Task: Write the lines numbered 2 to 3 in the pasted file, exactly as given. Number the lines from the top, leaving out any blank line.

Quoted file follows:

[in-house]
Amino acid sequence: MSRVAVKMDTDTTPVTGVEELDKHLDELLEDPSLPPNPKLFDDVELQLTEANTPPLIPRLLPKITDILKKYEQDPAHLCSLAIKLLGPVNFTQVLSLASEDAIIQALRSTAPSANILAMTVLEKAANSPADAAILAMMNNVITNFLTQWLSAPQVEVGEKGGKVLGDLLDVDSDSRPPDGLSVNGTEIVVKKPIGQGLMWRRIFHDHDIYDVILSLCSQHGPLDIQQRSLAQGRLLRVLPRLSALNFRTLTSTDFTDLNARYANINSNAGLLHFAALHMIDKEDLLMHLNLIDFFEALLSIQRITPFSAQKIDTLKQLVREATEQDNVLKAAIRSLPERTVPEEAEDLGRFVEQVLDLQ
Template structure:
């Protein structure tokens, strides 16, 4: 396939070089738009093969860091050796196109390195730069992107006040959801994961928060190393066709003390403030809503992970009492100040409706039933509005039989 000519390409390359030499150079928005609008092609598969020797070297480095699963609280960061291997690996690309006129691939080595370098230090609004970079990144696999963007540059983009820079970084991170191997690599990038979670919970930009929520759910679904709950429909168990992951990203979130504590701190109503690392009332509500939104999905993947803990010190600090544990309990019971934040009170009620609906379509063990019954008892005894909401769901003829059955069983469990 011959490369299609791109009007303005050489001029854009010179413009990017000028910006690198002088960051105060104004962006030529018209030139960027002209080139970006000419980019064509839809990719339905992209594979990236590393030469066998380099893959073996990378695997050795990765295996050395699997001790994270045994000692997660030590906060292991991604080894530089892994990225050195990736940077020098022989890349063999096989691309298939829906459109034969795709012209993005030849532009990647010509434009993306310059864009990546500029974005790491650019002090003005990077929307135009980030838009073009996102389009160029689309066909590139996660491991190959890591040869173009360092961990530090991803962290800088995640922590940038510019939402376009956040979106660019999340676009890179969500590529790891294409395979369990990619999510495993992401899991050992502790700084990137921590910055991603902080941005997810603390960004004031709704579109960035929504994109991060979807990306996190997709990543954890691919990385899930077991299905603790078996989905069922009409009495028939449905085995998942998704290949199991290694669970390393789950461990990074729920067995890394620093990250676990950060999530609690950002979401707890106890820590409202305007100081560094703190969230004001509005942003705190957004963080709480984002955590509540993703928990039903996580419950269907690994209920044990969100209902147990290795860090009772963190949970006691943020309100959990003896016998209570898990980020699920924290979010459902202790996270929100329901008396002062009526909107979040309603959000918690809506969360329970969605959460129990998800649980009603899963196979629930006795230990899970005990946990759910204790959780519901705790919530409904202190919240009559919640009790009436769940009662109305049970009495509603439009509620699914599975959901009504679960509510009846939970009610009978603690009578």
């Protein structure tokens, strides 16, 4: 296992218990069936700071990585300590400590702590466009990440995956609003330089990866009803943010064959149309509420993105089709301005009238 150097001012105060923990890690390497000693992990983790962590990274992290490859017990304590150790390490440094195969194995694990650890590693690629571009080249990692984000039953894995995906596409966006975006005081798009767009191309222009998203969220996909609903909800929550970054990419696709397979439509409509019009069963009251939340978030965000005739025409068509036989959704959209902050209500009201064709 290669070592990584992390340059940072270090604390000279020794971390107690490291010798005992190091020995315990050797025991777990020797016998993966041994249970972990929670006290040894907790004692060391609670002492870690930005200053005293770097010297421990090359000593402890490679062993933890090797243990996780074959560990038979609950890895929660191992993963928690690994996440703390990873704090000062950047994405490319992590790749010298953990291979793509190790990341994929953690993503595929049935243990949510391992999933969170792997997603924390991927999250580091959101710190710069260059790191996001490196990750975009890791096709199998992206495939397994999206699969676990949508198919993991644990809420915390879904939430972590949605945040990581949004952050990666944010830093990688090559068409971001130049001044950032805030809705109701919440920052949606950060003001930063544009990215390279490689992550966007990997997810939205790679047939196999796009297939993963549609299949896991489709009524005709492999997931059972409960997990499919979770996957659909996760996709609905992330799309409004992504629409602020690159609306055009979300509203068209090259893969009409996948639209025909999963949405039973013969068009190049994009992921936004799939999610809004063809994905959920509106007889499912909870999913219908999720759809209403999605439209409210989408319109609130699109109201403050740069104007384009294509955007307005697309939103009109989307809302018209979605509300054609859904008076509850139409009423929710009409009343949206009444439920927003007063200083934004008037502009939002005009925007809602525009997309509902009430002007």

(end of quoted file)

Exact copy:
Amino acid sequence: MSRVAVKMDTDTTPVTGVEELDKHLDELLEDPSLPPNPKLFDDVELQLTEANTPPLIPRLLPKITDILKKYEQDPAHLCSLAIKLLGPVNFTQVLSLASEDAIIQALRSTAPSANILAMTVLEKAANSPADAAILAMMNNVITNFLTQWLSAPQVEVGEKGGKVLGDLLDVDSDSRPPDGLSVNGTEIVVKKPIGQGLMWRRIFHDHDIYDVILSLCSQHGPLDIQQRSLAQGRLLRVLPRLSALNFRTLTSTDFTDLNARYANINSNAGLLHFAALHMIDKEDLLMHLNLIDFFEALLSIQRITPFSAQKIDTLKQLVREATEQDNVLKAAIRSLPERTVPEEAEDLGRFVEQVLDLQ
Template structure: